05/31/2009. On November 18, 1916, Junkers received an order for three trial aircraft. Although two war years had passed, the Junkers works had not yet contributed a suitable aircraft. About this time the German army and navy demanded monthly (!) 1000 new aircraft (by January 1918 these demands were increased to a monthly 2000 aircraft).
The J 4 was desired as a low-flying armored anti-infantry aircraft, from which hand grenades and small handheld bombs would be thrown off over frontline positions and ditches, while the "bath tub" armoring protected engine and crew against the bullets from carbines and machineguns. The Junkers building method appeared also particularly suitable, as a complete metal airplane hardly or not at all could be set on fire by the opponents hand-arms.
Professor Junkers wanted to hold on to the all-metal monoplane concept, while the Idflieg (Inspektion der Fliegertruppen, Inspectorate of Flying Troops) categorically wanted a biplane. The monoplane was estimated at a takeoff weight of 3,968 to 4,409 lb (1,800 to 2,000 kg) and would need a large-span wing. Idflieg's argument the large-winged aircraft would not fit into the exsisting halls and tents in the field, covered-up the monoplane dislike by the Idflieg and most fliers.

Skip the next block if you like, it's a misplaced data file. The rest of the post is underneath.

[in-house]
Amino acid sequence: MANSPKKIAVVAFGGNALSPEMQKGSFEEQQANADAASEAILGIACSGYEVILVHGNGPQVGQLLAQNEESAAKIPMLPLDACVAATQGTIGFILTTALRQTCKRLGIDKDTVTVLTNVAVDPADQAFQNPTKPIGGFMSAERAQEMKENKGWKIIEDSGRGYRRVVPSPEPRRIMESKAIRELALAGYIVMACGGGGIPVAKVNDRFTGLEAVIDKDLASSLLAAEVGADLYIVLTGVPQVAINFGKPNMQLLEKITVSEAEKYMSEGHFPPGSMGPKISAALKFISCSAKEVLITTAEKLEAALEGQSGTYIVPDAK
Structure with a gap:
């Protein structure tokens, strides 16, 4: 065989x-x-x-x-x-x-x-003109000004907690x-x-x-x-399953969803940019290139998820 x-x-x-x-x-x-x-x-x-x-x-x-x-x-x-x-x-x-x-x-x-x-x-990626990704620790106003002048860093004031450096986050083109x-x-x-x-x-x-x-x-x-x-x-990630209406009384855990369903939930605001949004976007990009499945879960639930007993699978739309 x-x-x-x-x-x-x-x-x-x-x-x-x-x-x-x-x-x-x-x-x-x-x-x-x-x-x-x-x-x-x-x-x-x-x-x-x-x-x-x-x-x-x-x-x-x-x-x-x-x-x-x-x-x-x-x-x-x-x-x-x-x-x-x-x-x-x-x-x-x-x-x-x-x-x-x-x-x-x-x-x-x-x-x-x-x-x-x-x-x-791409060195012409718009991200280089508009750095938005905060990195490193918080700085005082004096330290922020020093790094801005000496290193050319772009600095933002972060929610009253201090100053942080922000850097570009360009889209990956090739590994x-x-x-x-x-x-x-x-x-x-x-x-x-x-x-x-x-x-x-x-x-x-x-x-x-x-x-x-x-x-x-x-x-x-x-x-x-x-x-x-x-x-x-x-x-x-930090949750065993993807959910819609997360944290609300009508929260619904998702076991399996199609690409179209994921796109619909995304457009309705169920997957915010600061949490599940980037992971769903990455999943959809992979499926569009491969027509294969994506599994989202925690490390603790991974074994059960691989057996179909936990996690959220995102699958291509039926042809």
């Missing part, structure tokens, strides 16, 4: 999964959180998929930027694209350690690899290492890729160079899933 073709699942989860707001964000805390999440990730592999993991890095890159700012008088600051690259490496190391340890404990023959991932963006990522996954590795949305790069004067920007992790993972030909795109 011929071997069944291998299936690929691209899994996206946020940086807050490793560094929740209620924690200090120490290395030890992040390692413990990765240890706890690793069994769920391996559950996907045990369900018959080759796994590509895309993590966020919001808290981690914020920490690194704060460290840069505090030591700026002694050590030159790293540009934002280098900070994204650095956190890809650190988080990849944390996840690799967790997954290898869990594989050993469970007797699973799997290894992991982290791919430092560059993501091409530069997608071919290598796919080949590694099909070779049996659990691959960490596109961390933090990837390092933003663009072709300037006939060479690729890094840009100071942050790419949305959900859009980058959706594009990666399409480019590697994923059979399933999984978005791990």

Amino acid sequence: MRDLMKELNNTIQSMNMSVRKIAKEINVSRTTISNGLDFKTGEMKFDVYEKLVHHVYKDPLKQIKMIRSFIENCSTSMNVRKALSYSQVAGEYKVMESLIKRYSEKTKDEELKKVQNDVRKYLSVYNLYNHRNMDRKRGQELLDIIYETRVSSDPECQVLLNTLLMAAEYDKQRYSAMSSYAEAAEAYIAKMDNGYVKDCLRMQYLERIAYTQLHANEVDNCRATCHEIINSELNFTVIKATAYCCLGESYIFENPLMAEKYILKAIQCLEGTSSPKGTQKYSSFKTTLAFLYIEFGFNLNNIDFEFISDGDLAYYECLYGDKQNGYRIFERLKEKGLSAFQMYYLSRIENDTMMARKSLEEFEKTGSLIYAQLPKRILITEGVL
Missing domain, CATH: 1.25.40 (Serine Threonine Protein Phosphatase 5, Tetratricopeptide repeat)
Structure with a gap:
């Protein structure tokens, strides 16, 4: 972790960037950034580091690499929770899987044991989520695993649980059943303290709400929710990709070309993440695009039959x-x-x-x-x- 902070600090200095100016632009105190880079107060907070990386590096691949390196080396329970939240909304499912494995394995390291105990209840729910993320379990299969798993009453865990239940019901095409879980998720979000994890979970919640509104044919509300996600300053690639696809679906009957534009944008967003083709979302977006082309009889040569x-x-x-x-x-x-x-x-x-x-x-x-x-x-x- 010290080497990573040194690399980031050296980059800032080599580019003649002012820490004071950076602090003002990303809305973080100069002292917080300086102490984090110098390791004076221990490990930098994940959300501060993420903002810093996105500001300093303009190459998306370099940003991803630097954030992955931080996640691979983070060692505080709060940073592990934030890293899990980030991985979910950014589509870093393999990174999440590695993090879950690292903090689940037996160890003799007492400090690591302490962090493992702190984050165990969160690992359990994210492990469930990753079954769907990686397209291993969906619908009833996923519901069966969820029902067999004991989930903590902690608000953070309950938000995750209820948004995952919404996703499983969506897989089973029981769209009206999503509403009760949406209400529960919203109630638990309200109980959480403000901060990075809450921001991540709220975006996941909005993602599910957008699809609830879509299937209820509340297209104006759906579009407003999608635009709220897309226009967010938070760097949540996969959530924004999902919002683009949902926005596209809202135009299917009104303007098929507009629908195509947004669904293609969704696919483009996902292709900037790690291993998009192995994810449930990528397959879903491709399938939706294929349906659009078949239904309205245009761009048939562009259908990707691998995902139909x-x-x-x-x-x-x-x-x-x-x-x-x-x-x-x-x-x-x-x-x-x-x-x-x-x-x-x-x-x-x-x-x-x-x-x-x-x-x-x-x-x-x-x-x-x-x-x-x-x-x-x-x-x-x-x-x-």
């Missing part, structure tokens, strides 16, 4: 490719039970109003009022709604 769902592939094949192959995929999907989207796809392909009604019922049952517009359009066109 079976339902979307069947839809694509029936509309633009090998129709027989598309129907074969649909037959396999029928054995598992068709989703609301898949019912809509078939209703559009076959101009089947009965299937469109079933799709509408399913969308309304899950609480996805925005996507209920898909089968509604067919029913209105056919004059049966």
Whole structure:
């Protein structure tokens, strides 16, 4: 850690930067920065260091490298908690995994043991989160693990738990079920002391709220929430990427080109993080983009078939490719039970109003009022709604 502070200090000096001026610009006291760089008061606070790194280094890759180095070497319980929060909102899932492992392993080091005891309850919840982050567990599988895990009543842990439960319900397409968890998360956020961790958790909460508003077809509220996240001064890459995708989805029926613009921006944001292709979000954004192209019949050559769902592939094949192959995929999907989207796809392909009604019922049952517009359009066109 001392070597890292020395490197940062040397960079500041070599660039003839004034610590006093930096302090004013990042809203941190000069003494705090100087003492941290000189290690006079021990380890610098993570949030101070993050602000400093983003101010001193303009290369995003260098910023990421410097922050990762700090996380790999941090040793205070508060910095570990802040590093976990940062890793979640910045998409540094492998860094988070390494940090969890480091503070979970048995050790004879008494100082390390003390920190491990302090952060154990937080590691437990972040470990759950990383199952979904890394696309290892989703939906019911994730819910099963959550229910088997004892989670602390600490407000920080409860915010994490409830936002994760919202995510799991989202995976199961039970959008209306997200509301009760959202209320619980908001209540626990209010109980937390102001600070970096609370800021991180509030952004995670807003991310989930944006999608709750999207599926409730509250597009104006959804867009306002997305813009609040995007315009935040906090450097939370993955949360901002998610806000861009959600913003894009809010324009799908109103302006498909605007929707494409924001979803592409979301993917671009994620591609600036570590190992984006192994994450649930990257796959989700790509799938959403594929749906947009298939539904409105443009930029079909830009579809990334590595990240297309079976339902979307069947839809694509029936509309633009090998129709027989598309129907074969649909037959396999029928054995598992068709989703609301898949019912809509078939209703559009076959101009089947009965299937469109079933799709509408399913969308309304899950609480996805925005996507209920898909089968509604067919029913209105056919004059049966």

So the sesquiplane J 4 was a compromise in being fitted with two wings and, to reduce weight, a fabric-covered tail. The J 4 was the one and only diversion Junkers made from the all-metal monoplane concept. The first aircraft (pictured above) was flown from Döberitz by Arved von Schmidt on January 28, 1917, and in July the first production aircraft (with redesigned ailerons and rudder) was ready.
The type received the Idflieg designation J.I, indicating the first Junkers aircraft ordered by the German military, and should not to be confused with the first Junkers aircraft, the J 1.
The first aircraft were delivered to the German forces at Gent, Belgium. Initial powerplant was the 200 hp Benz Bz IV, from 1918 a 260 hp Benz was fitted. At the end of the hostilities in November 1918, 189 aircraft had been delivered, another 38 already under construction were completed and delivered to the allied forces.